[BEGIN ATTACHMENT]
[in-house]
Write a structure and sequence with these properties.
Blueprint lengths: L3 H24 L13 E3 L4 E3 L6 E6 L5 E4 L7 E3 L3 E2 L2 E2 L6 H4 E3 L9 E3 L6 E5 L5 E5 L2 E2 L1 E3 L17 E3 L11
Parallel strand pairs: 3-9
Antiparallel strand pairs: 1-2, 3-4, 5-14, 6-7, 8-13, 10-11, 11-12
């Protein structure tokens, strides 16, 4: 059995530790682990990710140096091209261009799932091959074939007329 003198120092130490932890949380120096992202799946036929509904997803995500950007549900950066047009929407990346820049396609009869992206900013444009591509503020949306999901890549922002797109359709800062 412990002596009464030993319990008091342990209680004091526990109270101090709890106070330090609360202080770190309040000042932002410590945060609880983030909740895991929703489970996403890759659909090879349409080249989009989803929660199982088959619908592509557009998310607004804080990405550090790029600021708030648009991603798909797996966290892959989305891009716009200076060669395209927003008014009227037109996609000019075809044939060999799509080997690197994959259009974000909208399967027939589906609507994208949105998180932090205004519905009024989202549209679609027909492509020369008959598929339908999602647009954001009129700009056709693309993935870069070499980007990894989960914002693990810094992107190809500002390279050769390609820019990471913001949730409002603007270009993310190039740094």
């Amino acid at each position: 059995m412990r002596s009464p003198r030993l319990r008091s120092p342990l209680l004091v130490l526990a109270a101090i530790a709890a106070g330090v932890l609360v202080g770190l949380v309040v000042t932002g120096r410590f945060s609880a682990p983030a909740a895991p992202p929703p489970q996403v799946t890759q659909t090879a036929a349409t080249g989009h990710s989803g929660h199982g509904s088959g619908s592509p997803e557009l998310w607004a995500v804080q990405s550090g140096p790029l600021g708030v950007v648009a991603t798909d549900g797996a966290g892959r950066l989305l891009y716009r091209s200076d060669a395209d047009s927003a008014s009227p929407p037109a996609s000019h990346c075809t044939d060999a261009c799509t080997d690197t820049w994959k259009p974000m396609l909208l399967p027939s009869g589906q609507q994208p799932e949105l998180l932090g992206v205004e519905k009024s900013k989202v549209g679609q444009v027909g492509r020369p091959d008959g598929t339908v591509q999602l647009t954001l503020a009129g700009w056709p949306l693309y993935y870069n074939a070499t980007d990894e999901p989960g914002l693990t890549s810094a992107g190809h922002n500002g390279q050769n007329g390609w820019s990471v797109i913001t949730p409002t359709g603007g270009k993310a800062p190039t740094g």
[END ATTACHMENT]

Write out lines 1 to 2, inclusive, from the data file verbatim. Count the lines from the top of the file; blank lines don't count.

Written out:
[in-house]
Write a structure and sequence with these properties.